back to top

Fiery Crash That Killed Paul Walker Blamed On High Speed

The crash that killed the Fast and Furious star and Roger Rodas on Nov. 30 was caused by unsafe driving, the Los Angeles County Sheriff’s office concluded.

Posted on

The 2005 Porsche Carrera GT carrying Paul Walker was traveling between 80 and 93 mph when it struck a pole last November, killing the two men, the Los Angeles County Sheriff's office said in a statement Tuesday.

"Investigators determined the cause of the fatal solo-vehicle collision was unsafe speed for the roadway conditions," said Commander Mike Parker, North (County) Patrol Division, Los Angeles County Sheriff's Department.

AP Photo/The Santa Clarita Valley Signal, Dan Watson

Firefighters work next to the wreckage of a Porsche that crashed into a light pole killing actor Paul Walker and Roger Rodas on Nov. 30, 2013, in Valencia, Calif.

Roger Rodas, 38, was driving the speciality car when it struck a light pole that had a speed limit sign on it reading 45 mph. The car burst into flames upon impact.

Rodas and Walker had gone for a quick drive during a fundraiser benefiting Reach Out Worldwide, a charity to aid victims of natural disasters. The crash occurred near the event in a suburb north of Los Angeles.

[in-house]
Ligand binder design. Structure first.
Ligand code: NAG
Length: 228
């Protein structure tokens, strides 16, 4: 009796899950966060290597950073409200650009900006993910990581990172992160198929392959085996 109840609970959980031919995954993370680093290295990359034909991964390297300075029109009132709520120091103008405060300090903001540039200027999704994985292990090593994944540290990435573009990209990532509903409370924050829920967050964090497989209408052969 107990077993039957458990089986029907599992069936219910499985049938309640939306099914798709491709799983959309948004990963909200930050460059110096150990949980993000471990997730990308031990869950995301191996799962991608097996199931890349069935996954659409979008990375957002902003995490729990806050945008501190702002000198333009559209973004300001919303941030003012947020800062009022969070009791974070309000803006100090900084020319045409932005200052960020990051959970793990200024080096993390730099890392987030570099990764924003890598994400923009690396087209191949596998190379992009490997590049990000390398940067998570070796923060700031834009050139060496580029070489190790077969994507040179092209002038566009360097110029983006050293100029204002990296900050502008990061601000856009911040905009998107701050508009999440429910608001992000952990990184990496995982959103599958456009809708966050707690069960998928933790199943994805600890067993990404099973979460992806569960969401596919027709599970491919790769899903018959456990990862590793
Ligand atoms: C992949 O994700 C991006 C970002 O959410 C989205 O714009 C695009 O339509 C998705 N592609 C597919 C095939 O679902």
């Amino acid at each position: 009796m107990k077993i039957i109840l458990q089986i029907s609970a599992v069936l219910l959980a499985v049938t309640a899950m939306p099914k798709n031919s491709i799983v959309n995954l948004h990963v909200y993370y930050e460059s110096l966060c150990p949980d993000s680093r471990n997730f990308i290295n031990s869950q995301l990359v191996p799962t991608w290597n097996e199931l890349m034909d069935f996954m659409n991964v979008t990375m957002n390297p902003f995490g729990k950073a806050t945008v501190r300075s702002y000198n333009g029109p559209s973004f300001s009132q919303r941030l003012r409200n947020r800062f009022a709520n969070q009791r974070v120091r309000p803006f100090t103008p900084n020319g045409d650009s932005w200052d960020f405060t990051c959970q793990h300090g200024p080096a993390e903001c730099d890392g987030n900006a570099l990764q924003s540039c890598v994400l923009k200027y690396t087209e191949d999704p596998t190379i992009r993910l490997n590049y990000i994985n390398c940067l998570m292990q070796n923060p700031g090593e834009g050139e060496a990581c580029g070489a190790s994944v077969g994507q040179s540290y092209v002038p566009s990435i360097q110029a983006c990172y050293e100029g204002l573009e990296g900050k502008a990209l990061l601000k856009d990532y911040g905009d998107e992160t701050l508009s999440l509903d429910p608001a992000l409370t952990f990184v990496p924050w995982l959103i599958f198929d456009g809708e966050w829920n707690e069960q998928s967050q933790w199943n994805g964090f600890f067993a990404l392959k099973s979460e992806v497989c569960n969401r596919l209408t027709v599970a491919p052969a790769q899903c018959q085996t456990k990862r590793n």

The California Highway Patrol along with the Multi-Disciplinary Accident Investigation Team concluded there were no preexisting mechanical problems with the car that could have caused the incident. The investigators examined the car's exhaust, throttle and fuel system, electrical system, steering and suspension, brake system, tires and wheels, and airbag control modules, as well as the car's history.

In December, Porsche also sent engineers to California to investigate the crash. The investigators examined the car even though it was badly burnt and found no electrical problems either.

"During the examination, it was determined that an aftermarket exhaust system had been installed which would have increased the engine's horsepower," said Commander Parker.

The report also noted that the tires on the vehicle were more than nine years old, even though the owner's manual suggests to change the tires every four years.

Both men are believed to have been wearing seat belts at the time of the accident and airbags deployed properly.

There is no evidence that the men were racing another car or that any other cars were around. Additionally, toxicology reports show no evidence that either men were drinking or using drugs.

The corner reported in December that Rodas died from traumatic injuries and Walker died from traumatic injuries and burns. Both deaths were ruled accidents.

Michelle Broder Van Dyke is a breaking news reporter for BuzzFeed News and is based in Honolulu.

Contact Michelle Broder Van Dyke at

Got a confidential tip? Submit it here.